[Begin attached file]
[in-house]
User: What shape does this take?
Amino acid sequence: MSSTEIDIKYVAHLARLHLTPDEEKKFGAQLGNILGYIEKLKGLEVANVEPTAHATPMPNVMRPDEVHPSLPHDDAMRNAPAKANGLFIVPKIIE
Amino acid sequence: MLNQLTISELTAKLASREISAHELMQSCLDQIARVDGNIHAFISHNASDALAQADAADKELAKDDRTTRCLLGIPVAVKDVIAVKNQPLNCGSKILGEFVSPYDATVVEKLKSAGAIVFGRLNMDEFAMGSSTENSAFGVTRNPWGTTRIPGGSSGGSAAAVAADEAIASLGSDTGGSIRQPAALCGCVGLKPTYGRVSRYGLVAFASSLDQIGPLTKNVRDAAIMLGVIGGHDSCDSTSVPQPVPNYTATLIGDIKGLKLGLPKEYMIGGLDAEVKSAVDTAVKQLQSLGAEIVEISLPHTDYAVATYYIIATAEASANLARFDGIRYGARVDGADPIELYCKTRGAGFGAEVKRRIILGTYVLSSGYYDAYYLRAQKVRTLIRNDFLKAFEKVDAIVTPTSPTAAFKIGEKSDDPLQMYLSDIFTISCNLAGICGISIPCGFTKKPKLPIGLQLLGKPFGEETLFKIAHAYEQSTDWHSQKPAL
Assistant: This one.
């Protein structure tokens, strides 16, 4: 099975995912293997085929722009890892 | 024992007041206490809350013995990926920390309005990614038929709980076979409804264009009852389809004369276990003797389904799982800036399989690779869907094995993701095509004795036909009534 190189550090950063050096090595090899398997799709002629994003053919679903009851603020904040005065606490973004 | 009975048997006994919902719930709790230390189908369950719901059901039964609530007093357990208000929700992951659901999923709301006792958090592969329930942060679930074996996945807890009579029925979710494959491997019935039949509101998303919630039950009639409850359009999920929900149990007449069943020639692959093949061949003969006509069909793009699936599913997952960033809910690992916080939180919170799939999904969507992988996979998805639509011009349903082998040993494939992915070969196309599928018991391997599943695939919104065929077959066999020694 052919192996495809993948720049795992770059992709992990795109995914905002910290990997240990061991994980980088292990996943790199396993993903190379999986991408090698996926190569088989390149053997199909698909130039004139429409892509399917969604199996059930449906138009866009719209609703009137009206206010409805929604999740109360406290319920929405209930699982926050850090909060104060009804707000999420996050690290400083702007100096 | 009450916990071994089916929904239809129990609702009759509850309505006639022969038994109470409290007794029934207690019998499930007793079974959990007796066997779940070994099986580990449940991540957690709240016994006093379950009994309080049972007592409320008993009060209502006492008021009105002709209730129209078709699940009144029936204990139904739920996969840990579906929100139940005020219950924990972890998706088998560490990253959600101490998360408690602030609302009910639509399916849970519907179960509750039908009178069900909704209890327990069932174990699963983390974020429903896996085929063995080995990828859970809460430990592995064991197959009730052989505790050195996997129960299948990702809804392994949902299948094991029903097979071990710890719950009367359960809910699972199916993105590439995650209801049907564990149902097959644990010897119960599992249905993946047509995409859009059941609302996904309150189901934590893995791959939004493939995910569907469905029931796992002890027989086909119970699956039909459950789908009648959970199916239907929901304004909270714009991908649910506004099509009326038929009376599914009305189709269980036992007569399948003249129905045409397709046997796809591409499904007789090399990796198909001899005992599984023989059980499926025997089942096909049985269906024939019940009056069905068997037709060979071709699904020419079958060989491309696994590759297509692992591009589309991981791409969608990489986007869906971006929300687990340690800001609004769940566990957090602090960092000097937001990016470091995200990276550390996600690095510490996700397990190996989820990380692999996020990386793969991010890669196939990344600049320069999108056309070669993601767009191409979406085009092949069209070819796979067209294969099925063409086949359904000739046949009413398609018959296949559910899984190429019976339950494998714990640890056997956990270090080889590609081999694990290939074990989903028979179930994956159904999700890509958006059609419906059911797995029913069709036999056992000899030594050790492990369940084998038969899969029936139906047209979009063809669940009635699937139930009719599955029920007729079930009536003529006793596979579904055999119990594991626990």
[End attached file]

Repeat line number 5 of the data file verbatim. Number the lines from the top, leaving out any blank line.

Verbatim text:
Assistant: This one.